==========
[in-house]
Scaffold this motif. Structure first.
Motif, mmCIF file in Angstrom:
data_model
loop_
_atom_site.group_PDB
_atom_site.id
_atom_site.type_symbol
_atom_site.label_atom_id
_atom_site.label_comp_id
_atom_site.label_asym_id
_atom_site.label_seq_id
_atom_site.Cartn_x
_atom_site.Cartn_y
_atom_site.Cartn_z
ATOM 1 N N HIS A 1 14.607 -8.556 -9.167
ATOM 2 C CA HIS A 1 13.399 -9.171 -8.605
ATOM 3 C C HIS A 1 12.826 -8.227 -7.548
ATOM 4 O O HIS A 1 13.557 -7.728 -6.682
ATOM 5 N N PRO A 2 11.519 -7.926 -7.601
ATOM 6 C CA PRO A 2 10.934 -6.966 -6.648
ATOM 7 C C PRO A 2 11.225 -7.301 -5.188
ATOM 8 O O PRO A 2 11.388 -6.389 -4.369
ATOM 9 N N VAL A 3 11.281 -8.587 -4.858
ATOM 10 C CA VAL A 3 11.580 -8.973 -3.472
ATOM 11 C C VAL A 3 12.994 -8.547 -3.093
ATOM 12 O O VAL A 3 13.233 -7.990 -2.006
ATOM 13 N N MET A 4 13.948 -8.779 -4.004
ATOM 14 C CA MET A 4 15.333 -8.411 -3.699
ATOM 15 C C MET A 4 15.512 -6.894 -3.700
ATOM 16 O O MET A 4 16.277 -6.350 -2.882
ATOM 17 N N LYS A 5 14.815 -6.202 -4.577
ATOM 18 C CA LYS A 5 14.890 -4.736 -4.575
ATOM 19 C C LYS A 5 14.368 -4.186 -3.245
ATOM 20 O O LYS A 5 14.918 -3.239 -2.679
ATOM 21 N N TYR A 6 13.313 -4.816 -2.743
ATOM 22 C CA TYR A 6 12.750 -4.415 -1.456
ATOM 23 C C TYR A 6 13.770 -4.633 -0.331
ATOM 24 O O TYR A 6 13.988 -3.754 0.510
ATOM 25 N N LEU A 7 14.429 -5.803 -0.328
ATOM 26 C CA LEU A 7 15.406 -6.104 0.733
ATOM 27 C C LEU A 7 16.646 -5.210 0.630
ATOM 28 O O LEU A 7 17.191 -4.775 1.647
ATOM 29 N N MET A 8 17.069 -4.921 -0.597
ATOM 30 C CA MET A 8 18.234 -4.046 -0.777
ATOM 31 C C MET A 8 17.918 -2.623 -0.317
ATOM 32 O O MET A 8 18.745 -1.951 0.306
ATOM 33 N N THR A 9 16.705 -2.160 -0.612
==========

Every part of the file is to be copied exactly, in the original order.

[in-house]
Scaffold this motif. Structure first.
Motif, mmCIF file in Angstrom:
data_model
loop_
_atom_site.group_PDB
_atom_site.id
_atom_site.type_symbol
_atom_site.label_atom_id
_atom_site.label_comp_id
_atom_site.label_asym_id
_atom_site.label_seq_id
_atom_site.Cartn_x
_atom_site.Cartn_y
_atom_site.Cartn_z
ATOM 1 N N HIS A 1 14.607 -8.556 -9.167
ATOM 2 C CA HIS A 1 13.399 -9.171 -8.605
ATOM 3 C C HIS A 1 12.826 -8.227 -7.548
ATOM 4 O O HIS A 1 13.557 -7.728 -6.682
ATOM 5 N N PRO A 2 11.519 -7.926 -7.601
ATOM 6 C CA PRO A 2 10.934 -6.966 -6.648
ATOM 7 C C PRO A 2 11.225 -7.301 -5.188
ATOM 8 O O PRO A 2 11.388 -6.389 -4.369
ATOM 9 N N VAL A 3 11.281 -8.587 -4.858
ATOM 10 C CA VAL A 3 11.580 -8.973 -3.472
ATOM 11 C C VAL A 3 12.994 -8.547 -3.093
ATOM 12 O O VAL A 3 13.233 -7.990 -2.006
ATOM 13 N N MET A 4 13.948 -8.779 -4.004
ATOM 14 C CA MET A 4 15.333 -8.411 -3.699
ATOM 15 C C MET A 4 15.512 -6.894 -3.700
ATOM 16 O O MET A 4 16.277 -6.350 -2.882
ATOM 17 N N LYS A 5 14.815 -6.202 -4.577
ATOM 18 C CA LYS A 5 14.890 -4.736 -4.575
ATOM 19 C C LYS A 5 14.368 -4.186 -3.245
ATOM 20 O O LYS A 5 14.918 -3.239 -2.679
ATOM 21 N N TYR A 6 13.313 -4.816 -2.743
ATOM 22 C CA TYR A 6 12.750 -4.415 -1.456
ATOM 23 C C TYR A 6 13.770 -4.633 -0.331
ATOM 24 O O TYR A 6 13.988 -3.754 0.510
ATOM 25 N N LEU A 7 14.429 -5.803 -0.328
ATOM 26 C CA LEU A 7 15.406 -6.104 0.733
ATOM 27 C C LEU A 7 16.646 -5.210 0.630
ATOM 28 O O LEU A 7 17.191 -4.775 1.647
ATOM 29 N N MET A 8 17.069 -4.921 -0.597
ATOM 30 C CA MET A 8 18.234 -4.046 -0.777
ATOM 31 C C MET A 8 17.918 -2.623 -0.317
ATOM 32 O O MET A 8 18.745 -1.951 0.306
ATOM 33 N N THR A 9 16.705 -2.160 -0.612